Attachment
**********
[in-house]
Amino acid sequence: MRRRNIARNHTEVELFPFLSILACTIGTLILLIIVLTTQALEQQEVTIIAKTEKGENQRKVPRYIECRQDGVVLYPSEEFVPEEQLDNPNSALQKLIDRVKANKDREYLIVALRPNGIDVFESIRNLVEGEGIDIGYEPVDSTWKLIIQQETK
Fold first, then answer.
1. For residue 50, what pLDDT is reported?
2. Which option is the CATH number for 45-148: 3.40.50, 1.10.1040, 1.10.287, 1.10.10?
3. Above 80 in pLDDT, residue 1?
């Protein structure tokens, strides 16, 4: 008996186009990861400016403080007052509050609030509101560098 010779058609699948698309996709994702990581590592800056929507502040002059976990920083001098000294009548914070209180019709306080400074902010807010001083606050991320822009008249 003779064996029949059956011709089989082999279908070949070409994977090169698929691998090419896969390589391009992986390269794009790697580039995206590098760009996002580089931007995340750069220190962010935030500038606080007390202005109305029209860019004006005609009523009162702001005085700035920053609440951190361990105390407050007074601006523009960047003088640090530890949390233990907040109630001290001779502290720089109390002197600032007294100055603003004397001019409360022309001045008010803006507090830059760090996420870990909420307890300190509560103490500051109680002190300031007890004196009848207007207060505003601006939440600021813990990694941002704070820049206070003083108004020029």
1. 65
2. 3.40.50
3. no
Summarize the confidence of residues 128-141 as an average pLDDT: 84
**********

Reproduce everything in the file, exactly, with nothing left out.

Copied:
[in-house]
Amino acid sequence: MRRRNIARNHTEVELFPFLSILACTIGTLILLIIVLTTQALEQQEVTIIAKTEKGENQRKVPRYIECRQDGVVLYPSEEFVPEEQLDNPNSALQKLIDRVKANKDREYLIVALRPNGIDVFESIRNLVEGEGIDIGYEPVDSTWKLIIQQETK
Fold first, then answer.
1. For residue 50, what pLDDT is reported?
2. Which option is the CATH number for 45-148: 3.40.50, 1.10.1040, 1.10.287, 1.10.10?
3. Above 80 in pLDDT, residue 1?
């Protein structure tokens, strides 16, 4: 008996186009990861400016403080007052509050609030509101560098 010779058609699948698309996709994702990581590592800056929507502040002059976990920083001098000294009548914070209180019709306080400074902010807010001083606050991320822009008249 003779064996029949059956011709089989082999279908070949070409994977090169698929691998090419896969390589391009992986390269794009790697580039995206590098760009996002580089931007995340750069220190962010935030500038606080007390202005109305029209860019004006005609009523009162702001005085700035920053609440951190361990105390407050007074601006523009960047003088640090530890949390233990907040109630001290001779502290720089109390002197600032007294100055603003004397001019409360022309001045008010803006507090830059760090996420870990909420307890300190509560103490500051109680002190300031007890004196009848207007207060505003601006939440600021813990990694941002704070820049206070003083108004020029």
1. 65
2. 3.40.50
3. no
Summarize the confidence of residues 128-141 as an average pLDDT: 84